We demand concrete policy changes. SCOTUS decision is, I hope and expect, just one of many to follow.

Photo credit: Bridget Badore

Hesci, my name is Isabel Coronado, my tribal town is Thlopthlocco and I’m from the Wind clan. I am a citizen of the Muscogee (Creek) Nation from Okmulgee, Oklahoma. I am currently a Policy Entrepreneur at the Next100 where I focus on criminal justice reform policy impacting Indian Country.

When I woke up this morning the first piece of news I saw came from my mother, telling me that the Supreme court ruled that our tribe — The Muscogee (Creek) Nation — won its long-standing claim to the eastern part of Oklahoma. This means the Supreme Court recognized a treaty that gave parts of eastern Oklahoma to the Muscogee (Creek) Nation when they arrived from the trail of tears and they now have the legal authority along with the Federal government to convict Native people who commit a crime on their land. Leaving out state and local officials who in the past stepped in to prosecute those crimes, but now don’t have the legal authority to convict Native people of crimes on Native land. 

Naturally, I was filled with excitement. I mean how many times in a lifetime does one get to hear about white dominant systems doing the right thing for BIPOC? These last couple of weeks have been filled with surprising wins for Indian Country, from the Dakota Access and the Atlantic Coast pipeline being closed down, to sports organizations realizing the longstanding consequences of their racist team names. 

While I was celebrating with memes and sharing the latest news articles I thought it wise to read the 86 page brief to fully understand the ruling of the case. There are several key takeaways:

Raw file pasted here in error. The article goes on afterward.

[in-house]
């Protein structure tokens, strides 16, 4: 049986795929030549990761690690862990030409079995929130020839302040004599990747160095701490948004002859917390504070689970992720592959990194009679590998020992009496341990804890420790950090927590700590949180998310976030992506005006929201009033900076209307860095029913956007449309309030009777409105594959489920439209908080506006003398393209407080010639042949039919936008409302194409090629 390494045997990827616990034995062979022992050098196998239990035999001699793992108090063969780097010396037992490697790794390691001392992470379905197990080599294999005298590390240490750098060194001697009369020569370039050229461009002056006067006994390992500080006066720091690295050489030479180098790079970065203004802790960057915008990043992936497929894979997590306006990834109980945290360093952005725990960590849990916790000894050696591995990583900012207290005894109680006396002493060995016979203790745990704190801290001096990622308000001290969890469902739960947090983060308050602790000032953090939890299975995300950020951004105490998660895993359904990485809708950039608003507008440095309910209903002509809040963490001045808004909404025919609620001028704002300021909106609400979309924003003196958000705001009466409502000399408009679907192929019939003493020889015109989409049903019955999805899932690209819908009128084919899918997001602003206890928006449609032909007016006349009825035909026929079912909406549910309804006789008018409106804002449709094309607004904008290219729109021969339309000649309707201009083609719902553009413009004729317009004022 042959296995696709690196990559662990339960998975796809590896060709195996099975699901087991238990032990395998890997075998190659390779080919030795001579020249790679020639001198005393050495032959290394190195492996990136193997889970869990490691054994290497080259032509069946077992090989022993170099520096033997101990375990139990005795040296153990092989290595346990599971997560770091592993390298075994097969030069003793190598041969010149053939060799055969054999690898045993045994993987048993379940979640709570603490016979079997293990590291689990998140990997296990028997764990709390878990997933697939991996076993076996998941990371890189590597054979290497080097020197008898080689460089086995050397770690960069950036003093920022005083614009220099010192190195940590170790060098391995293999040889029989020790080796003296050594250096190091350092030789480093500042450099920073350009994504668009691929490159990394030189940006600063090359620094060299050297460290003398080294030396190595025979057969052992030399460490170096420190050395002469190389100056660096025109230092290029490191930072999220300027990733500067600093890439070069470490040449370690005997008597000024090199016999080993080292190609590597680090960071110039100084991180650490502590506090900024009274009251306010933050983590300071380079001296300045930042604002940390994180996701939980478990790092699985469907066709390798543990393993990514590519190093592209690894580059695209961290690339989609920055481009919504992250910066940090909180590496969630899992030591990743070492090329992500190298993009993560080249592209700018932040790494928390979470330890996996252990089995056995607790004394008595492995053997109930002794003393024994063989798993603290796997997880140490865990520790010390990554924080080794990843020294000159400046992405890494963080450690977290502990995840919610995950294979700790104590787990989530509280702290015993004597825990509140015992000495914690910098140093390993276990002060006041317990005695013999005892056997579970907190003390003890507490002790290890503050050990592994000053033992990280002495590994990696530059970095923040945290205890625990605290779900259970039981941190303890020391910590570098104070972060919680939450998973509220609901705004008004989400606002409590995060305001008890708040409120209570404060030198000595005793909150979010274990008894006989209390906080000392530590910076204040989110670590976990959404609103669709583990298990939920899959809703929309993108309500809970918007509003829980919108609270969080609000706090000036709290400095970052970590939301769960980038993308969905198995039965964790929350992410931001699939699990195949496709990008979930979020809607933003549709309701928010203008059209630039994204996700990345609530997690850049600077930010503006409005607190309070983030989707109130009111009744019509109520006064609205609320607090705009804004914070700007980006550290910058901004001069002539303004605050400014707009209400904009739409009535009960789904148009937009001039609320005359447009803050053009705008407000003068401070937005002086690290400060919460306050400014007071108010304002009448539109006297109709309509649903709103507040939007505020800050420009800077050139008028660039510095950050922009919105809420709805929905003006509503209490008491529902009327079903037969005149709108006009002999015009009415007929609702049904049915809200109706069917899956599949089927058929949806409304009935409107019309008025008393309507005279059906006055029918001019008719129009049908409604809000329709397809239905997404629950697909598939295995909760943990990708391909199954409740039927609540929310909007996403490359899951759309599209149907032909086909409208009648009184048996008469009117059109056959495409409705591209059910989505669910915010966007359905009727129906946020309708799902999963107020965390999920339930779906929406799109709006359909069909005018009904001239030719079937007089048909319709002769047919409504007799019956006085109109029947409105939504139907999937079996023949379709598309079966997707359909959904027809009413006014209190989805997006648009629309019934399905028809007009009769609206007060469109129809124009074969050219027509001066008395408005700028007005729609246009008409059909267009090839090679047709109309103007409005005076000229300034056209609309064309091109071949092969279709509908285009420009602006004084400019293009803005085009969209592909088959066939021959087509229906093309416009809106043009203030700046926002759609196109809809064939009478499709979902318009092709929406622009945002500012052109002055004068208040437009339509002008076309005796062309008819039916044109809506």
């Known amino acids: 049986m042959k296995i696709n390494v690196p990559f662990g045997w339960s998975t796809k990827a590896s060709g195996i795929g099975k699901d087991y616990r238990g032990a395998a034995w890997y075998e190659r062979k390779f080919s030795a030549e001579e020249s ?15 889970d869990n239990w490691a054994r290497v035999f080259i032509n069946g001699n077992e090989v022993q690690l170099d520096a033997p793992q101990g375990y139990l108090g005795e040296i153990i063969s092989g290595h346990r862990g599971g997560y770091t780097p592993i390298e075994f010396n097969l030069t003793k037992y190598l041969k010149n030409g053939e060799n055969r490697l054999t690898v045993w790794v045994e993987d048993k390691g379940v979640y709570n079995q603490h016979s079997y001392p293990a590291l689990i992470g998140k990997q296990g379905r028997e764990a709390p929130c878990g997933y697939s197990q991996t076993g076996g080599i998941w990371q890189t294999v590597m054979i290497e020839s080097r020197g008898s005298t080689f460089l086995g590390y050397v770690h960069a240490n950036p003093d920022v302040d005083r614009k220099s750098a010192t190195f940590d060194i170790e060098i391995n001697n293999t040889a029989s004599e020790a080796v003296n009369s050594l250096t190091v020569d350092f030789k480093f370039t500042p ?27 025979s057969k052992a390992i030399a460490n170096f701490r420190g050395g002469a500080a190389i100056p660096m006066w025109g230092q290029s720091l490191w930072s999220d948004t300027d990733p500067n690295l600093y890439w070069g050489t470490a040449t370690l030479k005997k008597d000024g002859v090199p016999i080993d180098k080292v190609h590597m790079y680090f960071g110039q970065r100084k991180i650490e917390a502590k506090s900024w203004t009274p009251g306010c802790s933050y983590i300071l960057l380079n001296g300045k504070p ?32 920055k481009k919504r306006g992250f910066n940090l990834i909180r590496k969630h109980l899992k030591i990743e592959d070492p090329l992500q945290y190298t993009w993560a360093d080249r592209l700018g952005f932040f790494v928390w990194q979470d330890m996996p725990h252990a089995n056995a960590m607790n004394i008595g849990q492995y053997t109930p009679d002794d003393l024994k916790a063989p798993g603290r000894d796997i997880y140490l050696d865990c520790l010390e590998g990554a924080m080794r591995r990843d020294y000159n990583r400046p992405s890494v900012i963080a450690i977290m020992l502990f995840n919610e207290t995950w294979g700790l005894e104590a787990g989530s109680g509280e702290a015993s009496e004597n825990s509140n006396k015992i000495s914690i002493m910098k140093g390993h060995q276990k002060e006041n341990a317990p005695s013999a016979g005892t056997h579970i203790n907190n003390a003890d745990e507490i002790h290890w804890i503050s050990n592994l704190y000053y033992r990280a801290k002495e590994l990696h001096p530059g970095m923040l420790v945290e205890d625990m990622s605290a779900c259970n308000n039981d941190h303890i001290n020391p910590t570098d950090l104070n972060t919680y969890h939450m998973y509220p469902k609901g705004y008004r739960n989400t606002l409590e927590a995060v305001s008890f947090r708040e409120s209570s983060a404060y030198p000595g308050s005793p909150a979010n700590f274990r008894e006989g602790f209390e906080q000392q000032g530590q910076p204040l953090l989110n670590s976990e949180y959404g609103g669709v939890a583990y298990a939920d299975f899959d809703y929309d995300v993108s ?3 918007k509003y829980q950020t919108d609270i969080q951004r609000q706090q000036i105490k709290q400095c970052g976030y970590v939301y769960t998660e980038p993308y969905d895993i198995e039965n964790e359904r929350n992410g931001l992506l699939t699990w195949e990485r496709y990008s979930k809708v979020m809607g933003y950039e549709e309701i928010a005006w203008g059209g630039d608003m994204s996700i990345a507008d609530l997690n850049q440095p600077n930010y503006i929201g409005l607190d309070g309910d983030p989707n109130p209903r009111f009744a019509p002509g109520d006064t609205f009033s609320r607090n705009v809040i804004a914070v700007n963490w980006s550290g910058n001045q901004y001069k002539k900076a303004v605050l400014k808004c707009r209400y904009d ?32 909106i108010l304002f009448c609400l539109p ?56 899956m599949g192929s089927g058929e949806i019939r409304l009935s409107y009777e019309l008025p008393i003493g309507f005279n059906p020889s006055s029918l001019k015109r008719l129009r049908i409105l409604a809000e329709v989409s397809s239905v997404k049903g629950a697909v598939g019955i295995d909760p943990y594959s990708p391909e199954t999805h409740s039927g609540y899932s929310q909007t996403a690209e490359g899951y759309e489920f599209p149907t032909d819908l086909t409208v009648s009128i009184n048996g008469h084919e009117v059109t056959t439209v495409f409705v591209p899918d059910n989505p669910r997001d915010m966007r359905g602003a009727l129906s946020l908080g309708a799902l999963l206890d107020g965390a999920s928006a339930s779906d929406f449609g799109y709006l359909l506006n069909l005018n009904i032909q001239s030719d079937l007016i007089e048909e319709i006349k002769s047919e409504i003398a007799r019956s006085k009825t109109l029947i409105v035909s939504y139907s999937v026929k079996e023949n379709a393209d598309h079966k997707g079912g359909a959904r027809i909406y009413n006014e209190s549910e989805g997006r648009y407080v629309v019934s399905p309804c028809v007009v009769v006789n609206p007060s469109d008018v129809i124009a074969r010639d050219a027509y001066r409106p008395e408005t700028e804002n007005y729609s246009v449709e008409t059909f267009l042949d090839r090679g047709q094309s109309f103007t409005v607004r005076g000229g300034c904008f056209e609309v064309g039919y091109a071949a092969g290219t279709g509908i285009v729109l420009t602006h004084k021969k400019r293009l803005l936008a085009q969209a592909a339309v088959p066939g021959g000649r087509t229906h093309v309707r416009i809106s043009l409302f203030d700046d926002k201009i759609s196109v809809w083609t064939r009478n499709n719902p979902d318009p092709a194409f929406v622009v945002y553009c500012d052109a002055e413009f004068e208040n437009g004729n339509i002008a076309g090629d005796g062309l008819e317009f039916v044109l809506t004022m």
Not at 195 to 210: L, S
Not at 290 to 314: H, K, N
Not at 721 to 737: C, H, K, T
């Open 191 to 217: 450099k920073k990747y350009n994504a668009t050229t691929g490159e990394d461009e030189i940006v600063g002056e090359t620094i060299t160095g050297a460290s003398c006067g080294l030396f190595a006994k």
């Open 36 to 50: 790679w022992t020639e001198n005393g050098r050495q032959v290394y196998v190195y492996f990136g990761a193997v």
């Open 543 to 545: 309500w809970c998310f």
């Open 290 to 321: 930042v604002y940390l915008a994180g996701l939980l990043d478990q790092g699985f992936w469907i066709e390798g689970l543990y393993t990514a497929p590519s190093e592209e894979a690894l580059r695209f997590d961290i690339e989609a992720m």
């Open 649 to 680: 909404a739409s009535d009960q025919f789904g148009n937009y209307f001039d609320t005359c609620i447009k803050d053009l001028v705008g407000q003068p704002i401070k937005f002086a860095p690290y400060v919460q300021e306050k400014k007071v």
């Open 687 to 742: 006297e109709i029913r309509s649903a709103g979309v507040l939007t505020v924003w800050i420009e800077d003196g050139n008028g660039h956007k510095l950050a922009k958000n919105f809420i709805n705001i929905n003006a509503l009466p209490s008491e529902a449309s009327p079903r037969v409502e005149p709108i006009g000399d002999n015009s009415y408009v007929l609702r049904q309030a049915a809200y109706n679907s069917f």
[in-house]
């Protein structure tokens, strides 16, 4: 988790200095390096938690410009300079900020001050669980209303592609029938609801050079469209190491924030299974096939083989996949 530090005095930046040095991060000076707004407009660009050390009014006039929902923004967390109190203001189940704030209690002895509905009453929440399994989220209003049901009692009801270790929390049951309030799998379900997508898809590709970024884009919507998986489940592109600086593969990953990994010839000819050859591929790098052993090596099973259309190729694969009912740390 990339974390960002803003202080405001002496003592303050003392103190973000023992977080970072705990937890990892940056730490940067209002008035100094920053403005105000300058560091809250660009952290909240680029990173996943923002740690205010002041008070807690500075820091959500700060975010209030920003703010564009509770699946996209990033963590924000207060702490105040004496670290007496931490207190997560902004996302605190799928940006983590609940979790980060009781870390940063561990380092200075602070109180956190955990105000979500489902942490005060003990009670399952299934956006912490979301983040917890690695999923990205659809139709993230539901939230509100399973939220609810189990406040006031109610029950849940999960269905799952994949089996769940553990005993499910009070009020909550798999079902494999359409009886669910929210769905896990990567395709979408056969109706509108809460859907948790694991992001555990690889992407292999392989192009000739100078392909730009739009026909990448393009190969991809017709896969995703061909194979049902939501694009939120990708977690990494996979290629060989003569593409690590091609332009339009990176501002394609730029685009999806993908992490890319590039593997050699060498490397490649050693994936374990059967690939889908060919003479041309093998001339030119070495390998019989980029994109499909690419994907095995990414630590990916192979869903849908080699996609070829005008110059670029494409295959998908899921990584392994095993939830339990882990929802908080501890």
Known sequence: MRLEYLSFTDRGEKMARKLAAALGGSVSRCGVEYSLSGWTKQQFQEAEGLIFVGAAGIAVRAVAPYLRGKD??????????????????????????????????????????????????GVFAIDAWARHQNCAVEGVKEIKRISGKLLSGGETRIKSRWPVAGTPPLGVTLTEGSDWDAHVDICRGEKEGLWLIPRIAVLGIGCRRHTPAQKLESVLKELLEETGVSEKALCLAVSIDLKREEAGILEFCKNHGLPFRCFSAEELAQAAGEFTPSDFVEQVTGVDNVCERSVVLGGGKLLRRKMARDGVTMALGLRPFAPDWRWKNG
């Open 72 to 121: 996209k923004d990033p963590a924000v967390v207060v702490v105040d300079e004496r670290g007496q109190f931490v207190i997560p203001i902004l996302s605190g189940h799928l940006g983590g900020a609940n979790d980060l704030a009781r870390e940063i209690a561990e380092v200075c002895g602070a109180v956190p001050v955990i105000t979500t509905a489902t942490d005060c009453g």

1. The state of Oklahoma argued the Muscogee (Creek) Nation reservation was disestablished during the allotment era, but actually, only Congress has the power to take the land away from the Tribe. This argument was nullified through many legal documents. It was never about if the Tribe was a reservation; it was a power move for the state to maintain its jurisdiction and resources in eastern Oklahoma without compensating the Tribe. 
  2. The narrow issues that brought this case to the Supreme Court were about a man named Mr. Jimcy McGirt, and whether he could be prosecuted in state court for his crime. The Muscogee (Creek) Nation wrote an amicus curiae (a brief) not defending Mr. McGirt’s responsibilities for his crimes. Meaning any argument that this case is simply to dismiss Mr. McGirt’s crimes is false and this case has much greater implications for the future of the Tribe. 
  3. The outcome from the court solely impacts the way the Tribe and Federal government have jurisdiction to prosecute Mvskoke citizens in criminal legal cases on Native land under the Major Crimes Act (MCA). It doesn’t impact non-Native people living within the reservation boundaries.

I feel multiple connections with this case. I feel connected through my criminal justice work and my lived experience as being a former child of an incarcerated parent. I helped develop an organization in Oklahoma that worked to reintegrated Native people back into society and their Tribal communities. I know the deep-rooted issues Oklahoma has with mass incarceration especially when it involves Native people:

So this gives me hope. I look forward to the new jurisdiction under the Tribe and Federal government and the efforts for decarcerating our prison system and keeping Native families connected. 

As a Native youth, a sort of retraumatization and physical visceral response happened when the Justice laid out the long-standing Federal policy to assimilate Native people. The language in the opinion laid out this country’s step by step plan to eradicate Native Nations. This plan started with the removal from our ancestral homelands on the Trail of Tears and continued through the allotment era’s land and power grab designed to phase out Native land ownership. Today’s court decision is a win for Tribes and gives a huge opportunity to reclaim inherent rights that will strengthen the Nation and ultimately empower Native youth.

“On the far end of the trail of tears was a promise,” said Justice Neil Gorsuch in his opinion for the court. Well, let me say: I’m tired of hearing the word PROMISE. It’s never meant the same thing to your ancestors as it did to mine. We demand concrete policy changes. Today’s court’s decision is, I hope and expect, just one of many to follow.